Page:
Our farm, our process, and our cheeses are a labor of love produced on a seasonal basis from November to June for the richest milk following the seasons of the grass. Processing is overseen by the owner, who also controls the quality of the pastures grazed on by the herd. After that, his son, the affineur, controls three cheese caves with varied temperatures to maintain consistent quality and taste. Check out our varieties below.
Named after our little town, this pasteurized Fontina is likened to the standard “house cheese” of early Alabama settlers. Its “pull” quality when heated makes it a pleasant grilled sandwich or pizza.
At the foot of the Appalachian Mountains, the farm has gentle curves to match this smooth pasteurized cheese. With a low melting point, it makes the best mac-n-cheese and dip.
Named after the river that borders our farm, this mild Parmesan family cheese has a creamy Italian taste and is great on any pasta dish, as a sauce or a topping.
A great substitution for Parmesan, it has all the Italian taste without the cost. It is Coosa but aged for a stronger bite.
Named after the community behind the farm which relocated when Ft. McClellan moved in, it is a raw milk sharp cheddar with a yellow color. The color is naturally provided by the Annatto bean.
This raw milk cheese gets its name from the red soil of the South. It is a substantial, solid, medium cheddar that holds its shape. It is left in its natural color (off white).
A Red Hill Cheddar base with the mild pepper inclusions to give any dish a little kick of flavor. Both red and green peppers are used to add colors to pasta.
Be careful, it bites! If Desert Storm is not hot enough and you like it hot (and I mean very hot), you are going to love this cheese. It has the Red Hill Cheddar base but is filled with habanero peppers.
Swiss in all its buttery, nutty pleasure without the holes. Holes are created by the altitude of the Alps, and the highest point we have in Alabama is Mt. Cheaha. This cheese is perfect on a Rueben.
A wonderful cheese for ANY cheese tray with its unique taste of cheese, beer and chocolate. Made with Guiness Stout, sweet fennel, and cocoa.
It is said you are what you eat. But more specifically, you are whatever what you are eating ate. The product of an animal contains whatever that animal consumed or was injected with. We live in an exciting time. Science can explain why we were healthier in the good ol' days. Often there are trade-offs in quality for quantity, and our health suffers. Consumers are now demanding to know, "Where did my food come from and how was it raised?" In the 1970s, the United States instituted a monetary incentive program, paying dairy farmers to change from pasture farming to confinement and using grain to increase milk supply.
Twenty years later, the Cancer Society studied why cancer was increasing in both cattle and Americans. They found a correlation between the lack of CLA (a fatty acid with natural health benefits) in our diets and the risk of cancer, particularly breast and colon cancer, because this acid produces proteins necessary to prohibit the presence of cancer cells. Washington State University stated that CLA might even be toxic to already present cancer cells. Dr. Peter Parodi of the Human Nutrition Program writes, "Cell culture studies showed that concentrations of CLA suppressed (cancer) cell growth in human malignant melanoma, colorectal, breast, lung, prostrate, and ovarian cancer cell lines. Growth of leukemia, mesothelioma, glioblastoma, and hepatoma cell lines has also been inhibited by CLA." Studies indicate it also reduces ADD, aggression, heart attacks, stroke and high blood pressure because it cleans the major arteries of the body where plaque builds up (the same plaque on your teeth). CLA decreases problems and increases the nutritional value of products. Purdue University provided the first evidence that CLA is able to normalize impaired glucose tolerance and improve hyperinsulinemia (diabetes). Louisiana State University reported that CLA decreases body fat accumulation and they have concluded that CLA produced a rapid, marked decrease in fat accumulation and an increase in protein at relatively low intake doses.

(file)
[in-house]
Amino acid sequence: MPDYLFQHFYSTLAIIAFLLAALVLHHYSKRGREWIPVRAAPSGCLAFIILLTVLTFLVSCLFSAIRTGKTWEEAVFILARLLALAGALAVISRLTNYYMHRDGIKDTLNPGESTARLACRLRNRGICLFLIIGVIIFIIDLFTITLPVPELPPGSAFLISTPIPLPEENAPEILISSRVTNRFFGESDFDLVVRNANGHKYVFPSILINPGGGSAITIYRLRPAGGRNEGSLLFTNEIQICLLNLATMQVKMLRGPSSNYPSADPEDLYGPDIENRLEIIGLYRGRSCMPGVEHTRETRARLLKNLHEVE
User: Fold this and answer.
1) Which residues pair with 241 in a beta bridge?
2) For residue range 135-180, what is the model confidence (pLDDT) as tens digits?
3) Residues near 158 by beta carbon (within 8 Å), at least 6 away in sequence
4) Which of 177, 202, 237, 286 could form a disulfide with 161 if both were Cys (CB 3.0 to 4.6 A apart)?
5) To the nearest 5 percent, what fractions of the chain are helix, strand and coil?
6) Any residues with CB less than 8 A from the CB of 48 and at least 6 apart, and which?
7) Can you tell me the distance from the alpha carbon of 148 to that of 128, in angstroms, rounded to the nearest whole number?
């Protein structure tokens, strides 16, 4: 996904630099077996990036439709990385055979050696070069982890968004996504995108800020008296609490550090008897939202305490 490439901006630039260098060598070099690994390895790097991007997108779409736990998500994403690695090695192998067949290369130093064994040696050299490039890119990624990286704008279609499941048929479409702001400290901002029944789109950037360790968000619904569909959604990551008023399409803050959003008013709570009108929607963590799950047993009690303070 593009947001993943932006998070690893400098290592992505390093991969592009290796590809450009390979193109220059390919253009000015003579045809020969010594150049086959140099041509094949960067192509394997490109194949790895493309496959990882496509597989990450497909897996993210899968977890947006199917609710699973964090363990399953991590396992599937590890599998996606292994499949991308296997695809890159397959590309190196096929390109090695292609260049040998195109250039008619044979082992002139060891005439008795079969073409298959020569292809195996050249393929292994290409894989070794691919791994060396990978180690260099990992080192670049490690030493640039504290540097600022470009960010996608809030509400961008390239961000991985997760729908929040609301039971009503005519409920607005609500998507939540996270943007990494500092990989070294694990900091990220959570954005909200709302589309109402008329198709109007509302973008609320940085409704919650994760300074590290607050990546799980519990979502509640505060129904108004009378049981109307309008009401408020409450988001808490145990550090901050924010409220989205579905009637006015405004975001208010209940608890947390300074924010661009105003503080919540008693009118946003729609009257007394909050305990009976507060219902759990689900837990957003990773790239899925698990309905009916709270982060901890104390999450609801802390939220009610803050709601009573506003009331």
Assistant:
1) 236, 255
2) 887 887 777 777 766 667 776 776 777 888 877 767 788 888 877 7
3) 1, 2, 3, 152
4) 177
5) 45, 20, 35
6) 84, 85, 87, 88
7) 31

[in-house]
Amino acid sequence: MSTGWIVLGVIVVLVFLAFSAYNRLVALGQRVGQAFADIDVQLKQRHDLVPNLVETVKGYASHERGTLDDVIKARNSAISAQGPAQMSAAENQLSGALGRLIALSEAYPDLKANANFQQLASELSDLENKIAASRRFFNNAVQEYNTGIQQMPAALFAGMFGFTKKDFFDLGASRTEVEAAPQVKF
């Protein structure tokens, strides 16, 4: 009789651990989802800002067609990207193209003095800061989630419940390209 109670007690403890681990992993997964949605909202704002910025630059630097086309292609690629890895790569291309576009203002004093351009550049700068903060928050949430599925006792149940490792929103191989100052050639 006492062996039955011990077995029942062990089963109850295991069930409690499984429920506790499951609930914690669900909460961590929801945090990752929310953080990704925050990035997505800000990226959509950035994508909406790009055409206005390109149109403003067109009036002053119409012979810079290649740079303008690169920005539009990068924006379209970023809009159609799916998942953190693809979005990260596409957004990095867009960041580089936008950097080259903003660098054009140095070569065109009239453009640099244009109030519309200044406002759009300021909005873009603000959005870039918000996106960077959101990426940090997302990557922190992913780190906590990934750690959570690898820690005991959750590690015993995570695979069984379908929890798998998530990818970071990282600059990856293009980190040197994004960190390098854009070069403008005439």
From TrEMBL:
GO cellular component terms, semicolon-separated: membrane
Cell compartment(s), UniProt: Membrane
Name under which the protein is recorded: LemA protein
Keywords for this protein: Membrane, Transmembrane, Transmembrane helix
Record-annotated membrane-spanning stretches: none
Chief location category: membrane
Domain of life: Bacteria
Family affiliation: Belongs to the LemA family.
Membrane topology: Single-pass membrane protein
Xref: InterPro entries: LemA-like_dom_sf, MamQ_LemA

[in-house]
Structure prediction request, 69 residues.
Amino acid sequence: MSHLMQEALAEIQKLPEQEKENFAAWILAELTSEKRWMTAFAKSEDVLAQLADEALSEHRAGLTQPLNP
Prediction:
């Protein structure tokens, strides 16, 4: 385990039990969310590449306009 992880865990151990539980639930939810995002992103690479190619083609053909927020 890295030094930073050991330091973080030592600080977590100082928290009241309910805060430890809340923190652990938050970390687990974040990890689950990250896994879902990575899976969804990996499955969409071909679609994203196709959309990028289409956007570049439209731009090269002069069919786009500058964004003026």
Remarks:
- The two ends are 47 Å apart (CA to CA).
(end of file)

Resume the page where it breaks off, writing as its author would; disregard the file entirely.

CLA occurs naturally in products from grass fed ruminants (cattle and goats are the most popular). Feeding grass to animals, however, is not common due to the change from grass to grain. Most agricultural animals are now confined and fed great quantities of processed grains full of by-products. This produces great quantities of cheaper, low quality milk but denies you the necessary CLA that could help your health concerns. To compound the problem, grain fed animals have health problems of their own due to the unnatural diet and living conditions. They are routinely treated with medications and injected with synthetic hormones keep product flowing. These antibiotics and "female hormones" are then present in the milk you drink. Product produced in this way is now linked with human resistance to antibiotics, requiring stronger and harsher medications to fight illness. Injected hormones have also been linked with early puberty and abnormal bone maturity in our children.